Noroviruses are a group of viruses that cause the “stomach flu,” or gastroenteritis (inflammation of the stomach and intestines) in people. This “stomach flu” is not related to influenza and there is no antiviral medication or vaccine. Anyone can become infected with noroviruses and it is estimated that fewer than 100 norovirus particles can make a person sick. There are many different strains of norovirus which makes it difficult for a person’s body to develop long-lasting immunity.

Noroviruses are found in the stool or vomit of infected people and can be transmitted in several ways, including:

  • Eating or drinking items contaminated with norovirus.
  • Touching norovirus contaminated surfaces which may include: furniture, railings, carpeting, doors, etc surfaces and then placing that hand into a mouth.
  • Having direct contact with another person who is infected (caring for someone that is showing symptoms of norovirus).

Noroviruses symptoms can appear within 12 – 48 hours after exposure and generally last 1 – 2 days. Symptoms include:

  • Vomiting, diarrhea, nausea, stomach cramps, fever, headache, chills, and muscle aches.

Dehydration is often a serious concern (generally with young and elderly persons) because of vomiting and diarrhea. Drinking oral rehydration fluids (ORF), juice, or water, can decrease the chance of becoming dehydrated.

Noroviruses are very contagious and can be easily spread from person to person. People are contagious the moment they feel ill and remain contagious for at least three days and possibly as long as two weeks after recovery. You can decrease your chance of acquiring noroviruses by:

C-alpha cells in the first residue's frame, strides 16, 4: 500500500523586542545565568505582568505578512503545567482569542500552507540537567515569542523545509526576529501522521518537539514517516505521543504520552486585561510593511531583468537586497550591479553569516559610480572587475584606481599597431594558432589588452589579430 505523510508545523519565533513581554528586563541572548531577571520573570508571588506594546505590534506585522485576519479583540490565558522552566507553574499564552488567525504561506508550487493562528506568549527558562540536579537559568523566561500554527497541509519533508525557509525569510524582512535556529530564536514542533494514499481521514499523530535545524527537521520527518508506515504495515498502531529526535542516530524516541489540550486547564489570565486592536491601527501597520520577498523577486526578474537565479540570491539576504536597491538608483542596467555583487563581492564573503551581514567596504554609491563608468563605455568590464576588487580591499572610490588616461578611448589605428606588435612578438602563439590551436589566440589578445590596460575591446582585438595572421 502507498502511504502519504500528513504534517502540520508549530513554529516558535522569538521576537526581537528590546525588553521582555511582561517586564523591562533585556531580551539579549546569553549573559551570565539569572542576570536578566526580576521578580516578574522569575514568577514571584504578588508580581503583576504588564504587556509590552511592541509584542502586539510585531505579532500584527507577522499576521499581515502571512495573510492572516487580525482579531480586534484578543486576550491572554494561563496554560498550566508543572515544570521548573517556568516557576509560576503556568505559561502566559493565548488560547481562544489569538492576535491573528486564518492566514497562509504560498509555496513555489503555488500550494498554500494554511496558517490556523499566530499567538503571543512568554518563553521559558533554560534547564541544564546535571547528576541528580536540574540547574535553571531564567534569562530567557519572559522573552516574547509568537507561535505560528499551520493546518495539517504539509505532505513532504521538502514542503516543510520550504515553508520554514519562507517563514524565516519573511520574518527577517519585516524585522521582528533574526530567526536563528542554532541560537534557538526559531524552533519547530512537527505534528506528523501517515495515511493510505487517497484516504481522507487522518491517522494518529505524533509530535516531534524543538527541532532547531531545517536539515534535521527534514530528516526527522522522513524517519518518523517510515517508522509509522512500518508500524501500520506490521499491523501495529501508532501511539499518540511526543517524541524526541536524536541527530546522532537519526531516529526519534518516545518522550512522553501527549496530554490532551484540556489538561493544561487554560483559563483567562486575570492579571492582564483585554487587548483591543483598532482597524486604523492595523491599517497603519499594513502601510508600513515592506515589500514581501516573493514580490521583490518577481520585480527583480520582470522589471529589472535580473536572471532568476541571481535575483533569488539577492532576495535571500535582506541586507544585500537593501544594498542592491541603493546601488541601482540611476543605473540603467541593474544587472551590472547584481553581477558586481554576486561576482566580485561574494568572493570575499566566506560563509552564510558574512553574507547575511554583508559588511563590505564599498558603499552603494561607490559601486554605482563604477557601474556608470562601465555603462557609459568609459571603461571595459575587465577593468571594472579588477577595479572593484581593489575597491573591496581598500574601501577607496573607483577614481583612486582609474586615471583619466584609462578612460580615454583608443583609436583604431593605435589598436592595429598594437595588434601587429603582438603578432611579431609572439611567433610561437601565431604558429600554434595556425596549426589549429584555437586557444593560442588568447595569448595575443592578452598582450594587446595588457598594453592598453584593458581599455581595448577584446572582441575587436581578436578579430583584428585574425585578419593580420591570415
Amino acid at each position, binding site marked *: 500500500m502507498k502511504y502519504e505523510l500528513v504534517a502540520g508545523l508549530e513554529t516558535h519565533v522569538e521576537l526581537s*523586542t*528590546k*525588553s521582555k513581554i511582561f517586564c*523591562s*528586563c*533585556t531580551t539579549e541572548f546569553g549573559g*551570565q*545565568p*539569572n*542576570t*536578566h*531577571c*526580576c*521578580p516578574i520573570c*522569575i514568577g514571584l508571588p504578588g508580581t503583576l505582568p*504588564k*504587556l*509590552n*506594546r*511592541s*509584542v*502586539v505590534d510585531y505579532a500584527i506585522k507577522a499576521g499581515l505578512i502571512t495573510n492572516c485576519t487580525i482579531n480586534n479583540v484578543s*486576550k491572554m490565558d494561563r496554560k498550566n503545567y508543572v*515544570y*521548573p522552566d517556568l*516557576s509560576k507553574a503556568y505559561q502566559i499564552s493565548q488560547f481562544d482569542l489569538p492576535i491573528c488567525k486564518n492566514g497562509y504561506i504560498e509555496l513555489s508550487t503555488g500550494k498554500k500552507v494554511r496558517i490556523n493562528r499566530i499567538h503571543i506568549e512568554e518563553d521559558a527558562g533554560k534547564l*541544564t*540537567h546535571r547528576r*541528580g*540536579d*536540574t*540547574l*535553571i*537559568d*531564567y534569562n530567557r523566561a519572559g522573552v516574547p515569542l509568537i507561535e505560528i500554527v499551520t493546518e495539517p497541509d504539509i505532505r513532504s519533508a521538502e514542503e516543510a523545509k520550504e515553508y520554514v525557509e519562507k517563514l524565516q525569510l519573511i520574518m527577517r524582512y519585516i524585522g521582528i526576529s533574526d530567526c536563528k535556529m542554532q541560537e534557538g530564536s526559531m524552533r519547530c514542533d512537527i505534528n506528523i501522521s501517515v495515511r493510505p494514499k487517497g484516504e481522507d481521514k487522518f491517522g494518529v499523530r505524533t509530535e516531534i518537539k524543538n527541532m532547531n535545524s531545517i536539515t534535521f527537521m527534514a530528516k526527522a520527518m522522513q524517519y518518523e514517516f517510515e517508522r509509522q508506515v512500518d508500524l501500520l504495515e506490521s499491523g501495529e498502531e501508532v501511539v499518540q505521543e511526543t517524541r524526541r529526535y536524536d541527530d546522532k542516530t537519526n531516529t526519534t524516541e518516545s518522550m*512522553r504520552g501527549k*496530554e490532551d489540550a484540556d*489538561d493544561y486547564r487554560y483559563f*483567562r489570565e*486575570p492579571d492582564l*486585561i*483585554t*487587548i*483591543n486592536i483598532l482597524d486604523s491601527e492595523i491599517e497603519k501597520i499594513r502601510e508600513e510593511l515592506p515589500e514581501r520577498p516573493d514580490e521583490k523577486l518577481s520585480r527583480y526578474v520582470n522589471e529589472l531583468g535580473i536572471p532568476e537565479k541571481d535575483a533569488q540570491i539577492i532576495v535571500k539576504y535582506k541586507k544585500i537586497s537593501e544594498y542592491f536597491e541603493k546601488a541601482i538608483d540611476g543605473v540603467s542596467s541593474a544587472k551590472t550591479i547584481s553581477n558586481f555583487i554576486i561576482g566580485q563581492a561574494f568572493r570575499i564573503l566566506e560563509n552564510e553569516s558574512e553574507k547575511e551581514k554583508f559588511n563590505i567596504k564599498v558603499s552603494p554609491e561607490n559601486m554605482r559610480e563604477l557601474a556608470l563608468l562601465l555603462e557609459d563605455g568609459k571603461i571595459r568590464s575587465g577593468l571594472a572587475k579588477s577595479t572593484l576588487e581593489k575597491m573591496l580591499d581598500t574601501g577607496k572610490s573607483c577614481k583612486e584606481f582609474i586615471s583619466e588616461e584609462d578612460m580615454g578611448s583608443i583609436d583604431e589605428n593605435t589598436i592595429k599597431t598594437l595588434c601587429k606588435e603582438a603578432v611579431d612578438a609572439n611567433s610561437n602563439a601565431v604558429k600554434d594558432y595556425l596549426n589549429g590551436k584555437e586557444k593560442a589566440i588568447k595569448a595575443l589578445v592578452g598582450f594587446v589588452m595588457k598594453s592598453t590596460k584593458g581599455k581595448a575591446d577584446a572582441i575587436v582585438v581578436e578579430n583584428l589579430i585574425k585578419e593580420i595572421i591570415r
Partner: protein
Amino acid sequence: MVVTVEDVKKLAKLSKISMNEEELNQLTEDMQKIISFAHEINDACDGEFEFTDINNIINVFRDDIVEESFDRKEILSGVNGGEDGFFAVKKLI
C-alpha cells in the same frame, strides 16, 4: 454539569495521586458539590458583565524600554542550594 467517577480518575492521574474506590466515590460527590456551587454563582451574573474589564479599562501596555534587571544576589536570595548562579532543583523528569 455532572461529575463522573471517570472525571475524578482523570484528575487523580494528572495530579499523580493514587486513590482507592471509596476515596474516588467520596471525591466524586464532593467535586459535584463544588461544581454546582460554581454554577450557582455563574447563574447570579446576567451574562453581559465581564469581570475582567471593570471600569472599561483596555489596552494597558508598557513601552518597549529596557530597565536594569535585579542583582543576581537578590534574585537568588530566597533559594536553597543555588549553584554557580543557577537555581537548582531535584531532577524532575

• Washing your hands. Especially after using the toilet, changing diapers, and before eating or preparing food.
  • Washing fruits and vegetables.
  • Immediately clean and disinfect contaminated surfaces.
  • Remove and wash clothing or linens that may be contaminated with the virus.

When cleaning up a possible norovirus incident it is important to wear personal protective equipment like disposable gloves and a face mask. 

Visible contamination should be promptly cleaned with disposable towels and disinfected (for a list of disinfectants see below).

  • Immediately bag and discard the soiled disposable towels.
  • Linens (including clothes, towels, tablecloths, napkins) should be promptly washed and dried separately at high temperature.
  • Food items that may have become contaminated with norovirus should be thrown out.
  • All equipment used in the cleanup should be disinfected.
  • Hands should be washed with soap and water for at least 20 seconds.

The CDC recommends that chlorine (household bleach) be applied to hard non porous surfaces like floors and walls. Amounts vary but a minimum concentration of 1000 ppm (1/3 cup of bleach) has been demonstrated in the laboratory to be effective against viruses similar to noroviruses. Some information recommends chlorine levels as high as 5000 ppm (1 2/3 cups of bleach). Bleach at these concentrations may damage materials.

Other disinfectants that may be used are:

  • Hydrogen peroxide
  • Hot water/steam >170ºF
  • Parachlorometaxylenol (PCMX)
  • Accelerated Potassium Peroxymonosulphate


****Careful**** Always read the manufacturer’s instructions and do NOT mix chemicals. Quaternary ammonia compounds are NOT EFFECTIVE for norovirus disinfection.

Please contact the Sioux Falls Health Department with any questions.